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Startups and Sustainability - An Interview with Mark Randall

In this episode, Andrew visits with Mark Randall, the executive director of the Pontifical North American College (a.k.a the NAC).  Together, Andrew and Mark share about their fundraising adventures, and Mark offers advice for startup ministries and seasoned fundraising professionals.  

Show Notes


Mark has a fun and varied background.  He began his professional career in the food and beverage industry in Chicago, after which he learned to be a chocolatier and started a gourmet food company.  After helping to start a software company, Mark applied for his first position in Catholic fundraising, and from there, he has raised money for several Catholic schools and ministries.  He is currently the executive director of the NAC in Rome.  


Pontifical North American College

The Pontifical North American College (the NAC) is a seminary located just outside the Vatican for the formation of diocesan priests from the U.S.  It was founded in 1859 and serves 200+ men from 90 different dioceses from across the United States.  Mark describes the challenges he has faced in fundraising for an international ministry that is far away from its primary donor base.   


Wyoming Catholic College

Andrew and Mark spend time delving into Mark’s experience as a development officer for Wyoming Catholic College.  When Mark arrived in Wyoming, Wyoming Catholic College was just starting, and Mark shares the challenges of raising money for a very new ministry, and he offers advice for other startup organizations.  


Lightning Round

  1. If you could fundraise for any organization or cause at any time in history, what would it be?
    • This is a hard question as I am passionate about so many things.  I think I’d work to support priestly formation.  It’s something that’s important to me and that’s where God has me right now.
  2. If you could get a donor meeting with anyone living or dead, who would it be?
    • St. Katharine Drexel.  She came from incredible wealth.  She could have done anything she wanted, yet she gave her life to God.  I’d love to listen to her talk about what philanthropy meant to her and her family.
  3. Is there enough money out there for every organization that's doing good work?
    • Of course.  There’s more money than any of us will ever need.  We just need to encourage people to say “yes” to our requests for money.  
  4. What is one piece of advice that you would give your past self?
    • Don’t benchmark yourself against your peers.  God has you where He wants you, and there’s no need to compare yourself to others.  
  5. Who are 3 people who have most influenced you, professionally?
    • Bill Sturtevant:  He was my mentor when I worked in fundraising at the Newman Center at the University of Illinois.
    • Henri Nouwen:  His book on the spirituality of fundraising continues to be so relevant.  
    • Tom Suddes:  Founder of The Suddes Group and ForImpact Fundraising, Tom encourages the nonprofit community to rethink how we present our ministries to donors.  
  6. What is one fact about you that most people don’t know?
    • I’m adopted.  My dad adopted me as single parent when I was 3 days old.  Two of my three children are adopted.  Adoption is a very important part of our family life.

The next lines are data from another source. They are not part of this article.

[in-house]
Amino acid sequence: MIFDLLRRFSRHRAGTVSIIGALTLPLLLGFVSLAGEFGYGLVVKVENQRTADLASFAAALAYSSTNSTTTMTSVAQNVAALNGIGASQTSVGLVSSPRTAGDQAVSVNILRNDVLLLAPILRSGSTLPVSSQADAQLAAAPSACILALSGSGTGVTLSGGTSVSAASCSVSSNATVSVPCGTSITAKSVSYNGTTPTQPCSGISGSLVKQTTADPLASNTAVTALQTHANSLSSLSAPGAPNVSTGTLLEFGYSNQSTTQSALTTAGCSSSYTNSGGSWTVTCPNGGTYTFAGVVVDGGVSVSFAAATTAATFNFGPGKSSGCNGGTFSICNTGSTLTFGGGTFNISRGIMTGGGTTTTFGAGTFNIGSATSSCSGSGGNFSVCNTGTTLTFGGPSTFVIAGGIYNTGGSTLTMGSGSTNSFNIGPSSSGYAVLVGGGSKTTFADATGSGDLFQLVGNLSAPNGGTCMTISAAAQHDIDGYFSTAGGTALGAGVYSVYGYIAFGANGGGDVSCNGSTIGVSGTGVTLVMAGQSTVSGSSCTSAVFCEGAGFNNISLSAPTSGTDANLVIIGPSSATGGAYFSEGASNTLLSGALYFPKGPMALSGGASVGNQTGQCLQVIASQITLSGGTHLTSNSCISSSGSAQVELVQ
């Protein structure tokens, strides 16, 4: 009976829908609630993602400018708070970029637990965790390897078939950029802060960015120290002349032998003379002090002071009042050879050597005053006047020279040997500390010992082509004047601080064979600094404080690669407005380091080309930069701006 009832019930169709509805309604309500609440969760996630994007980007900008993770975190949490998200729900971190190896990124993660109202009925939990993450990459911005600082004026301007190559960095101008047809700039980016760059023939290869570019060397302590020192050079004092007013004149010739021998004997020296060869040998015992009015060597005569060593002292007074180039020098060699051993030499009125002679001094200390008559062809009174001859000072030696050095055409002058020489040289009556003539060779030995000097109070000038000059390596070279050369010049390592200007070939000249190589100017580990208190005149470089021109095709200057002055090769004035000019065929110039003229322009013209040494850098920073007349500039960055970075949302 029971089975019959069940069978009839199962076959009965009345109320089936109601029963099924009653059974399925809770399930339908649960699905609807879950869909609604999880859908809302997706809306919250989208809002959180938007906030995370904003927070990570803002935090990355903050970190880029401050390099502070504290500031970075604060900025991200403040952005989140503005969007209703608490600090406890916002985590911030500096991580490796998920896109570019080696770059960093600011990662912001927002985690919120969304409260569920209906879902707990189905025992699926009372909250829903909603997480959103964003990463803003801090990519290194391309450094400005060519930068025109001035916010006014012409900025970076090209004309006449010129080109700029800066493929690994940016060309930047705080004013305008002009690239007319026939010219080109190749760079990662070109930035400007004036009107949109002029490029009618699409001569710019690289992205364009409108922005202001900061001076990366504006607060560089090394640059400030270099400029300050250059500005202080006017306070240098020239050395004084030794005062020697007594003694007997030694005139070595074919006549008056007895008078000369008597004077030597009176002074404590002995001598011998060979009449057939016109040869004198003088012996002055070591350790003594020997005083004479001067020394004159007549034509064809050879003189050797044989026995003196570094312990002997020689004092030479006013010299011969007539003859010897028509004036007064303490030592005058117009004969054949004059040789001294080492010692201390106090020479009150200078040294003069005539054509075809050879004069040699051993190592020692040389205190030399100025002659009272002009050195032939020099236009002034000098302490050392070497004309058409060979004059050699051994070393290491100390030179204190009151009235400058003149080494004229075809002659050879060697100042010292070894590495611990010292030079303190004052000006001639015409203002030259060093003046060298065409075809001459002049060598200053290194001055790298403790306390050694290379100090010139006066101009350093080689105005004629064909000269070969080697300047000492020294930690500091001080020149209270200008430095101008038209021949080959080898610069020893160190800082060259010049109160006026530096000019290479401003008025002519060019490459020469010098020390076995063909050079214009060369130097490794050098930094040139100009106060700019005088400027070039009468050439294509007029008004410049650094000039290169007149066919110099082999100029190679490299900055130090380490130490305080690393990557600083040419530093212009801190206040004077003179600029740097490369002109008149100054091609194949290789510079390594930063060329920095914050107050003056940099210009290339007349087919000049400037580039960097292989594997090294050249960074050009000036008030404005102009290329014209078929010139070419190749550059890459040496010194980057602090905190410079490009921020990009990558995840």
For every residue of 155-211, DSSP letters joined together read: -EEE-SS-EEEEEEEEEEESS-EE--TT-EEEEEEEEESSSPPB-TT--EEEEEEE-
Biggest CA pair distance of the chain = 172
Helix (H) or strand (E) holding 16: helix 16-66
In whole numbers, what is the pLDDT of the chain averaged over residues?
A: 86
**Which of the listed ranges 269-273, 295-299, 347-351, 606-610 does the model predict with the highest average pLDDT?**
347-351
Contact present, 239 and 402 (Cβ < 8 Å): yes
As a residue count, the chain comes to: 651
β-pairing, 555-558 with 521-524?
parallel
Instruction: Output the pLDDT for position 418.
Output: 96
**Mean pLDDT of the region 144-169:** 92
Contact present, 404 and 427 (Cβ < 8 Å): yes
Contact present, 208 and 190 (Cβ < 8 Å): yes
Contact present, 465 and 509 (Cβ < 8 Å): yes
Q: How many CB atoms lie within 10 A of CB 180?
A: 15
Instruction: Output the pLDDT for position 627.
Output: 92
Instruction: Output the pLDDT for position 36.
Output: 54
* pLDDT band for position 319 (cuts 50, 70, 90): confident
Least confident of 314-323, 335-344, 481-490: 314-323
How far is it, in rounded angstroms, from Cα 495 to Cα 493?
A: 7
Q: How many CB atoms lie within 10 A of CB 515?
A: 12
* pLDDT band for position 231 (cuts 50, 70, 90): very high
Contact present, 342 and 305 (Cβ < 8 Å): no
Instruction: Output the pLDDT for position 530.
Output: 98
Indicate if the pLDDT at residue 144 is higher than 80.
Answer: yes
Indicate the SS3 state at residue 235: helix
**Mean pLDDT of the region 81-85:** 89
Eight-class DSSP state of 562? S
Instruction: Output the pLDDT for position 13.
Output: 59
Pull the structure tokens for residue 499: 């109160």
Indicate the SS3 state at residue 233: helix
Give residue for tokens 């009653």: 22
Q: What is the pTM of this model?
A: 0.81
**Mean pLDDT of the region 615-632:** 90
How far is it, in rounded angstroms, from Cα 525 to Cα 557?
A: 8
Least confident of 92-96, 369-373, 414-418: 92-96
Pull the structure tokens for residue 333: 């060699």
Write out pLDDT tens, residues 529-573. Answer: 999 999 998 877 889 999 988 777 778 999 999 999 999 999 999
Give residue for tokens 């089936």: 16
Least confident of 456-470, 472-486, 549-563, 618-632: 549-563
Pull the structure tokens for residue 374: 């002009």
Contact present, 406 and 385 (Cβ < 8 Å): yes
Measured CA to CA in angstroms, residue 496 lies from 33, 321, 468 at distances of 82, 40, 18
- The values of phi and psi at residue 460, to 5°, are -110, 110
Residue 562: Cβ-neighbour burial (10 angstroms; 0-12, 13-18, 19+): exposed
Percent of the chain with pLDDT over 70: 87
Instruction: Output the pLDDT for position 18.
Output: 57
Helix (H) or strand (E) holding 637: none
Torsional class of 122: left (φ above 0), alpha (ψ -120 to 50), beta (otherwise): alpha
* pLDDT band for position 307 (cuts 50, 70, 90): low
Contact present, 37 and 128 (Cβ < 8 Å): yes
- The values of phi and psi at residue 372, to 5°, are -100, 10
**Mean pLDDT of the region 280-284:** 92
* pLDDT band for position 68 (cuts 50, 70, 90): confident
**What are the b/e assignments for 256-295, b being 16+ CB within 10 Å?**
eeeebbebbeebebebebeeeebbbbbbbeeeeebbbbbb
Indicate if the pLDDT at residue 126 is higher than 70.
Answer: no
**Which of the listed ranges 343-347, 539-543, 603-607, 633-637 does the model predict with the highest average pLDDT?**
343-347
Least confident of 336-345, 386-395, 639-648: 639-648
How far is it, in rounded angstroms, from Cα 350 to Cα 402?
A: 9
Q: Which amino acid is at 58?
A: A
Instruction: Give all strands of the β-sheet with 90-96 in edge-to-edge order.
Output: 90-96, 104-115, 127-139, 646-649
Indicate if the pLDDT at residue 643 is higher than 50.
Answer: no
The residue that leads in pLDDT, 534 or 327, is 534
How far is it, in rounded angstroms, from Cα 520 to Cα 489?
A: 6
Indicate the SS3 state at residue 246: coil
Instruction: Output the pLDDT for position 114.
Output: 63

7. What is a book that you think everyone should read?
    • Sacred Scripture.  It’s literally the Word of God, and so many people have come to the faith by reading scripture.  


If you would like to connect with Mark, you can email him at [email protected].  He’s also available on Facebook and Instagram.    


Andrew’s Takeaways

First, even though Mark lives over 4,000 away from the campus that he fundraises for, he has found ways to be successful and raise a lot of money. I thought it was really great when he talked about who is most likely to make those gifts. The most committed donors to his institution have been, and likely always will be, those folks who have been to campus and witnessed and participated in the program directly. This holds true for all of fundraising. If you want to move people along the donor continuum toward larger gifts, you have to find ways to directly engage them in the work.  


Second, it is important to understand the potential for fundraising success and have a good idea of what can be raised before setting your goals. Whether you are launching a capital campaign and need to do a feasibility study or just setting your annual goals, use the data that you have available to set realistic goals. Picking numbers out of the air that ultimately won't be achievable can be self-defeating and ultimately tank a good team. 


Third, nonprofit leaders need to be mindful of fundraising from day one and engage the fundraising team in executive planning and strategy from the beginning. Mark talked about this in the context of a startup, but it applies to organizations at every stage. Fundraising should not be an afterthought but should be incorporated into the planning early and often. 


My bonus takeaway is the advice to not compare yourself to other fundraisers or other nonprofits. Every organization is different and has different needs, donors, opportunities, and challenges. So be content where you are and push yourself to achieve the most you can within the structure you currently exist in…not simply based on what other institutions are generating. 


I hope you enjoyed the interview. If you have questions, be sure to reach out to us at [email protected]. Also, if you haven't taken our survey, go to and spend 5 minutes completing the questionnaire. 


God bless and we’ll see you next time. 


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